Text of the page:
WorldView Legion is a constellation of six next-generation, high-resolution Earth observation satellites being developed by Maxar Technologies, a US-based space technology company.

The WorldView Legion satellites will be placed in the low-Earth orbit (LEO) at an altitude of 450km. The satellites will offer superior Earth intelligence to the mission partners of Maxar for application in national security missions. The constellation will replace the existing WorldView-1, WorldView-2, and GeoEye-1 satellites.

The data provided by the Maxar satellites will support multiple operations such as public safety, environmental monitoring, oil and gas exploration, navigation technology, and location-based services.

The first two satellites are scheduled for launch on board Falcon 9 rockets from the Vandenberg Air Force Base in California, US, in September 2021. Each satellite in the WorldView Legion constellation will have a service life of ten years.

With the launch of WorldView Legion constellation, Maxar will be able to capture images of the most frequently changing areas on the Earth every 20 to 30 minutes. The satellites are expected to triple Maxar’s capability of collecting sub 30cm resolution imagery with up to 15 revisits per day.

WorldView Legion development details

Space Systems Loral (SSL), a part of Maxar, was selected to build and place the WorldView Legion constellation on the LEO in July 2017. The satellites are being built at SSL’s manufacturing facility in Palo Alto, California, US.

"The satellites will offer superior Earth intelligence to the mission partners of Maxar for application in national security missions."

The integration, assembly, and testing of all six spacecraft and instruments are underway with environmental testing scheduled for early 2021.

Raytheon Intelligence & Space is developing a new imaging instrument, which will collect high-resolution images from large and contiguous areas and create a panoramic picture of the ground. This will produce real-time information by enabling the number of satellites in the orbit to revisit a particular area in a short time.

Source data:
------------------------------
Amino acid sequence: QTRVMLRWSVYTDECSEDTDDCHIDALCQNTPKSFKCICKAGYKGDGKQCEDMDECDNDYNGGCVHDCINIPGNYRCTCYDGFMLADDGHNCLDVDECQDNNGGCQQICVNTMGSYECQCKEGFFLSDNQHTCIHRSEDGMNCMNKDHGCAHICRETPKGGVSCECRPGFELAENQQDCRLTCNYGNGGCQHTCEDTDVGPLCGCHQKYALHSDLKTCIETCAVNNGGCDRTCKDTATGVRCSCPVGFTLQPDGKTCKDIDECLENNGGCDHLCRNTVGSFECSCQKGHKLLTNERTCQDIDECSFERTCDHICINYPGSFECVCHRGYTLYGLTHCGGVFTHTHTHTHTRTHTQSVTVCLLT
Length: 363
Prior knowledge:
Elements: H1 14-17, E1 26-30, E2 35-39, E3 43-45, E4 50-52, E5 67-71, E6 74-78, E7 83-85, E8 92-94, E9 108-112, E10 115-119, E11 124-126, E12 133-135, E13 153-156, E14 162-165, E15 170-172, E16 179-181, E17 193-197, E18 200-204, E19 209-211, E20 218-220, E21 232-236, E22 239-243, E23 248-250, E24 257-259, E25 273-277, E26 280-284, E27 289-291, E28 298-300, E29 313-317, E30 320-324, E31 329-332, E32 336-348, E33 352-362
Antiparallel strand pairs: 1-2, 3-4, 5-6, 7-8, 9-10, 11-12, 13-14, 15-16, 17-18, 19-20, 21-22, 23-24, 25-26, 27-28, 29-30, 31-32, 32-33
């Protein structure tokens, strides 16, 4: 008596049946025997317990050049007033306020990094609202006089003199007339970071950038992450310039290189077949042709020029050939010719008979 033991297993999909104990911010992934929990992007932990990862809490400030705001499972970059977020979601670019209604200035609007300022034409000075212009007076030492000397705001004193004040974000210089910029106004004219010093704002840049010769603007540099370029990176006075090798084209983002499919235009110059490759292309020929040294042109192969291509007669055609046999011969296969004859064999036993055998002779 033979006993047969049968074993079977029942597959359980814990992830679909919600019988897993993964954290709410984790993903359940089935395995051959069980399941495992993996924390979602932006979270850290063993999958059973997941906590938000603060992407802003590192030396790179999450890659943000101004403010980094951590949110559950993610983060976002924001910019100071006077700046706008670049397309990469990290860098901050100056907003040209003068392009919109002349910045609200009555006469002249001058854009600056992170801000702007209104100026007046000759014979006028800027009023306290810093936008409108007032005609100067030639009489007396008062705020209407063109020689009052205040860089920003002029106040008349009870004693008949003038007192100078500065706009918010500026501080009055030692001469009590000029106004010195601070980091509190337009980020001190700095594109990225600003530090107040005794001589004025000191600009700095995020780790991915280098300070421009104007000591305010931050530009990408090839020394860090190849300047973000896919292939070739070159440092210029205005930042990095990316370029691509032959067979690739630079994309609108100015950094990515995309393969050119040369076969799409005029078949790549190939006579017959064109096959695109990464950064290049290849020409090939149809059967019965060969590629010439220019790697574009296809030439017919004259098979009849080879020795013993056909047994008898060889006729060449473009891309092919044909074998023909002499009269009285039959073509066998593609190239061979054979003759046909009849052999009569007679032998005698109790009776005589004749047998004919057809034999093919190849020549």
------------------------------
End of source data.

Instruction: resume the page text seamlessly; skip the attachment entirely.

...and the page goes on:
Design and features of WorldView Legion satellite

WorldView Legion satellite will have a height of 3m, a length of 2m, and width of 2m without solar array. The dry mass of the spacecraft will be 625kg and the large high-resolution swath width at nadir will be 9km. The onboard storage capacity of the vehicle will be 16 Tbits.

The imaging sensors of the satellite will capture high-quality images, according to the rating of 5.9 on the national imagery interpretability rating scale (NIIRS) and its geolocation accuracy will be less than 5m without ground control points. The large area mono and stereoscopic collection will eliminate temporal variations.

WorldView Legion will offer three imagery products, of which level 1B will provide sensor-oriented, radiometrically-calibrated mono and stereo imagery.

Level 2A/2B will include map-projected with uniform pixel spacing across products, while level 3 will be suitable for image viewing and locational reference during high positional accuracy situations.

Sensors and communications

The WorldView Legion satellites will have two sensor bands, namely panchromatic and eight-band multispectral. The ground sample distance for the panchromatic nadir and multispectral nadir will be 290mm and 1.16m respectively.

The onboard communication systems will be compatible with the existing ground network and direct access facilities of Maxar. Customer-unique encryption keys will enable direct transmission of images to their sites.

The satellites will be capable of receiving images and downlink them simultaneously using a wide-band data downlink at a rate of 600Mbps.

Contractors involved

Maxar Technologies preferred Raytheon Company as the satellite imaging constellation payload provider for delivering telescopes, detectors and combined electronics to SSL in October 2017.

DigitalGlobe, which was acquired by Maxar Technologies in October 2017, placed a contract with SpaceX for the launch of WorldView Legion satellites on board Falcon 9 rockets in March 2018.